It is often easy to get VAT law wrong. Both parties to a transaction, each registered for VAT, take good advice and consider that a supply made for both sides’ business purposes is exempt. No VAT is charged or accounted for and no VAT invoice is issued. But, a year or two later, a court decides that the supply is standard-rated.
Unpicking the consequences of such mistakes has generated a rich seam of case-law, of which the Court of Appeal’s judgment in Zipvit (a single judgment given by Henderson LJ) is the latest instalment. The effect of Zipvit is that the key requirement is a VAT invoice, and without that, the purchaser is in trouble.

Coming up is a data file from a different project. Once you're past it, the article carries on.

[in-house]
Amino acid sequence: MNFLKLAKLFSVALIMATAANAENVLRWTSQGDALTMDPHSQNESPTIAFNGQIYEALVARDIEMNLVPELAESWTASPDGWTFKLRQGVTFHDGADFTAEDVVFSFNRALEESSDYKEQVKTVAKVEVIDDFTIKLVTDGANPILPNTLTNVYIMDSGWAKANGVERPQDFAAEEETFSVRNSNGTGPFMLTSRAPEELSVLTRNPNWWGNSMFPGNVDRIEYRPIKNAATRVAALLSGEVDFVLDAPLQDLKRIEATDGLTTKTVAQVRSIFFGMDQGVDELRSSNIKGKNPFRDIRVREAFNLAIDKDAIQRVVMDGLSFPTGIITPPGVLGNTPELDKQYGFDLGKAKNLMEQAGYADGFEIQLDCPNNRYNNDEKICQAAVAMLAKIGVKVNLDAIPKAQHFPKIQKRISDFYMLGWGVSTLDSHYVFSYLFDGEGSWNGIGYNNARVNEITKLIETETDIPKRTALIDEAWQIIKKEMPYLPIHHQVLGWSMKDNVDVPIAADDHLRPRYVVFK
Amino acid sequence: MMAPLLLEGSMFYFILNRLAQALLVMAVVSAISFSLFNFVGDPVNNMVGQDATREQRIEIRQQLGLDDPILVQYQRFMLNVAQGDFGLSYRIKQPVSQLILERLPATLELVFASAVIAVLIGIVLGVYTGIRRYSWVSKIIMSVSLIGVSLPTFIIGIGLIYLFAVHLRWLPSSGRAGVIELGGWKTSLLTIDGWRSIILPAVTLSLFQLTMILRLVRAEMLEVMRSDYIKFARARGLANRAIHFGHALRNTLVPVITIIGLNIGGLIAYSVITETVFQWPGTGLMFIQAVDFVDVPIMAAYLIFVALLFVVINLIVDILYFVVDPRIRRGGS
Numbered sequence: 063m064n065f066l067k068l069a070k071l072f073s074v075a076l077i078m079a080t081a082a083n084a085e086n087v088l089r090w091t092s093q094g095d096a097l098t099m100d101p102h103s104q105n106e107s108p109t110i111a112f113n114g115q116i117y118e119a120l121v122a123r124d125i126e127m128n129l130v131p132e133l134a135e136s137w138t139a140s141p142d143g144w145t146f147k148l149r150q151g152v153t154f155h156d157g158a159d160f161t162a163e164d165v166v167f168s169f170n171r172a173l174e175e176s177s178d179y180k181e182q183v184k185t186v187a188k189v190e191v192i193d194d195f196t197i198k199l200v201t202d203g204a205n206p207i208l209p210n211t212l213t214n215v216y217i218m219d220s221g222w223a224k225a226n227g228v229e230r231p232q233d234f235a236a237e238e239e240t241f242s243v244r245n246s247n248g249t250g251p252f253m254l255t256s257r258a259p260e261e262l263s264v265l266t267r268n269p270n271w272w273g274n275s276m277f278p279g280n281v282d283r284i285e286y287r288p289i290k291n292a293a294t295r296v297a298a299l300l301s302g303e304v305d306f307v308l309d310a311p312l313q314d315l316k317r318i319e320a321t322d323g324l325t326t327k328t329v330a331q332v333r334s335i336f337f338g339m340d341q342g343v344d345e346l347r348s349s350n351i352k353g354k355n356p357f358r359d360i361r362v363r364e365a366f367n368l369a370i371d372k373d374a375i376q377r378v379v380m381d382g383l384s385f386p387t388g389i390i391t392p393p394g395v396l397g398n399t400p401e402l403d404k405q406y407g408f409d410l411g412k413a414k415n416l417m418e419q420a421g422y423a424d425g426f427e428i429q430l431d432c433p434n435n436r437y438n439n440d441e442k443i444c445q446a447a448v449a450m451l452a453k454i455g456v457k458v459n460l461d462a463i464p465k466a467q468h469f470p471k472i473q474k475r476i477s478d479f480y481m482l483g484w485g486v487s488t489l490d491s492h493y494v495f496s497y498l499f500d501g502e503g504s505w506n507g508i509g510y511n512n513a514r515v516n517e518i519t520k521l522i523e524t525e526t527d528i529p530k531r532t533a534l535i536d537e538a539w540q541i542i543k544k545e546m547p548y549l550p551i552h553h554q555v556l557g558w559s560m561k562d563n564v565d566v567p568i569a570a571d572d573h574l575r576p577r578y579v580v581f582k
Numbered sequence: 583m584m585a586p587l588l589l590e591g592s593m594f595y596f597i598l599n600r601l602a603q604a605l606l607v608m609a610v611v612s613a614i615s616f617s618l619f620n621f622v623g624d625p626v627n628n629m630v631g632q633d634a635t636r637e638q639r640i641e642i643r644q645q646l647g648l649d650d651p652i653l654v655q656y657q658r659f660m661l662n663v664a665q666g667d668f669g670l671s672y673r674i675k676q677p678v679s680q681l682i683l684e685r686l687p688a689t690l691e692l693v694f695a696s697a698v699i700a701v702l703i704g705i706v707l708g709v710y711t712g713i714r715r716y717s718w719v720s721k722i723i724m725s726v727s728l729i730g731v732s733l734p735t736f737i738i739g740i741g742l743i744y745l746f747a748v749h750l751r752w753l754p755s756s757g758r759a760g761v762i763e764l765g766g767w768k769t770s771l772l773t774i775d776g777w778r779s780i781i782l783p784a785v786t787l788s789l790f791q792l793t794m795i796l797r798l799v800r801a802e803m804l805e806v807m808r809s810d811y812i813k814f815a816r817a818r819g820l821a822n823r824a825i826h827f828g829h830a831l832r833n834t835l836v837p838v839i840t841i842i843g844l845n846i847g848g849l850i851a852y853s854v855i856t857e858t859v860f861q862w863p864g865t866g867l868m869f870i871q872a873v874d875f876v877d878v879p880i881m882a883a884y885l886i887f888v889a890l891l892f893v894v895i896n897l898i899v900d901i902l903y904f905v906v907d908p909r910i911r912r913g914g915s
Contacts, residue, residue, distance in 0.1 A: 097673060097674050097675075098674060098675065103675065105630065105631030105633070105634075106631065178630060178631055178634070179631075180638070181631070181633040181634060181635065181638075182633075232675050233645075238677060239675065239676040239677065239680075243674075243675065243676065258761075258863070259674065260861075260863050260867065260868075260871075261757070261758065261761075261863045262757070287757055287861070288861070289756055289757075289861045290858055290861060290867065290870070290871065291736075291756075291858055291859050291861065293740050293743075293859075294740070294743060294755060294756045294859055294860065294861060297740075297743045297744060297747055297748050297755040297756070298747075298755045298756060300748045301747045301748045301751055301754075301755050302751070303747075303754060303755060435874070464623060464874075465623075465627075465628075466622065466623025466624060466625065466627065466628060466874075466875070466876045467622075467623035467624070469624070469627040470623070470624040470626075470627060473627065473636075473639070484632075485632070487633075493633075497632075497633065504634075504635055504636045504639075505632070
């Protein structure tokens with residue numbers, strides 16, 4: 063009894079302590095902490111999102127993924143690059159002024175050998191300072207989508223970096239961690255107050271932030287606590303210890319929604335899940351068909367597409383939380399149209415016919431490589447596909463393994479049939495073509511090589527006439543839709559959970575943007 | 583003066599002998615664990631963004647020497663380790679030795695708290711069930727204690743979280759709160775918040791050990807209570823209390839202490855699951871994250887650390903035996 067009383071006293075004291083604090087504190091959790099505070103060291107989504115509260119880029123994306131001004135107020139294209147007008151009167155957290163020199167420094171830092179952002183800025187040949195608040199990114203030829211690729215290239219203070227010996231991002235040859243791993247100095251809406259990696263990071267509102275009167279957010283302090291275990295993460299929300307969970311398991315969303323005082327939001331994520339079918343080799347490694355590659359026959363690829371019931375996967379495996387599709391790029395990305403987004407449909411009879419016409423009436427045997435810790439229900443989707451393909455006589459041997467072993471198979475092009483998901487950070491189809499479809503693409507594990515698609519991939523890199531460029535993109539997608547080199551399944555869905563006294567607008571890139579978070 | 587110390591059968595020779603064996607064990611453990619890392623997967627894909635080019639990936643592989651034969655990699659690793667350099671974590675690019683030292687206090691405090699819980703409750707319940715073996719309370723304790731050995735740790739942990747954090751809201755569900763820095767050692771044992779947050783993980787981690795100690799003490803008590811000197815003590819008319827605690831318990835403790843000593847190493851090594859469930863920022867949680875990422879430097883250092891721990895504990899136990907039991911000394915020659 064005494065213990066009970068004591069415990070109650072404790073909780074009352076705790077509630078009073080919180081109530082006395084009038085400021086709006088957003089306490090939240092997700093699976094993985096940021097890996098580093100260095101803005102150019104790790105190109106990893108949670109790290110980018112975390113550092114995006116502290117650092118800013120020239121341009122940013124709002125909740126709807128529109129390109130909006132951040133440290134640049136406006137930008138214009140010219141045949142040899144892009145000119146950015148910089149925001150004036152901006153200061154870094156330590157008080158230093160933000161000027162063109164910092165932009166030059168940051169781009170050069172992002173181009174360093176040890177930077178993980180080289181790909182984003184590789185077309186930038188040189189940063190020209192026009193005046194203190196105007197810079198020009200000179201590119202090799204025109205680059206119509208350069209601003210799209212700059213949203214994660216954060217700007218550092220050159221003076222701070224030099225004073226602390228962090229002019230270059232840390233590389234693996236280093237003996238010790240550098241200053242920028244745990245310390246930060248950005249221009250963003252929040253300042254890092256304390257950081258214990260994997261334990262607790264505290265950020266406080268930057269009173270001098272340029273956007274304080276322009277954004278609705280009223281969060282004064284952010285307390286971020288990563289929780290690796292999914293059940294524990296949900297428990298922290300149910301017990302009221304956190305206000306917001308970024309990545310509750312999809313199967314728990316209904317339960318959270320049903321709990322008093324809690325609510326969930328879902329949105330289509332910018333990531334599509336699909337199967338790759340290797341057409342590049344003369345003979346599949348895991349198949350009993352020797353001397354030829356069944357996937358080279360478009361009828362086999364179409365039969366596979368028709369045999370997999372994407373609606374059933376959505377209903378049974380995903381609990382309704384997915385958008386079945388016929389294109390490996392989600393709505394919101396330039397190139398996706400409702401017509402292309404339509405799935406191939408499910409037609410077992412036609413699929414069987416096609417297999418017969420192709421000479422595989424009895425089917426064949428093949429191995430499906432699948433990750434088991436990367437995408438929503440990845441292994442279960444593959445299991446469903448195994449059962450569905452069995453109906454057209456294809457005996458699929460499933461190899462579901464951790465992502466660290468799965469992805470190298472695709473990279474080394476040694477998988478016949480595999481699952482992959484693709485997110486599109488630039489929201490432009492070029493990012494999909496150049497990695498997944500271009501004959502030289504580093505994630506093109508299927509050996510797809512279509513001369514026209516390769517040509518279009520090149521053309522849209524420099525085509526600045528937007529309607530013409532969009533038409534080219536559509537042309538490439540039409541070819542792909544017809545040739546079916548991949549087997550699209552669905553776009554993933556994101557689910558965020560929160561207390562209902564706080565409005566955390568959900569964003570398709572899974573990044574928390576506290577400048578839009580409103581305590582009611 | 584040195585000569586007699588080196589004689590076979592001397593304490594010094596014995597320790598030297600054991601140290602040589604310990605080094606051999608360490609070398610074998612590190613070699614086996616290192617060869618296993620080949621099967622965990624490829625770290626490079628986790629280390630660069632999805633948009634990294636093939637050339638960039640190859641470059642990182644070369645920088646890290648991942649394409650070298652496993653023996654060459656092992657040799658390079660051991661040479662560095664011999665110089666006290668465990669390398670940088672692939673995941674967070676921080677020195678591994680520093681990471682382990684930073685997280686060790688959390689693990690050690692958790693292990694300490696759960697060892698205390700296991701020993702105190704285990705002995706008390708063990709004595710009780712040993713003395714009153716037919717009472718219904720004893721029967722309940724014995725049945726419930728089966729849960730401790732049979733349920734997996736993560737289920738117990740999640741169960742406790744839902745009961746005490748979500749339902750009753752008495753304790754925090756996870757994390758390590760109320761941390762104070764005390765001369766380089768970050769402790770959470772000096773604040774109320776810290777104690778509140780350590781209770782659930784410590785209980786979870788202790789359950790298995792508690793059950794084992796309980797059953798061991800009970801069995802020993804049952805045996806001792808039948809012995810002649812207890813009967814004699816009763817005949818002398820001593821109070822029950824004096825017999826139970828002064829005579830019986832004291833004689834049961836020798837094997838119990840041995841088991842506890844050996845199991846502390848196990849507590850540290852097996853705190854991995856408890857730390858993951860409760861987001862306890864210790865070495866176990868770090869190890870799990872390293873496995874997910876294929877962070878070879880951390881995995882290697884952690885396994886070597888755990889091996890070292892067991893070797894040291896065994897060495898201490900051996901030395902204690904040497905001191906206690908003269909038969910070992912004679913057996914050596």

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The comments made in this case note are wholly personal and do not reflect the views of any other members of Monckton Chambers, its tenants or clients.
This case note was first featured in the August 2018 issue of De Voil.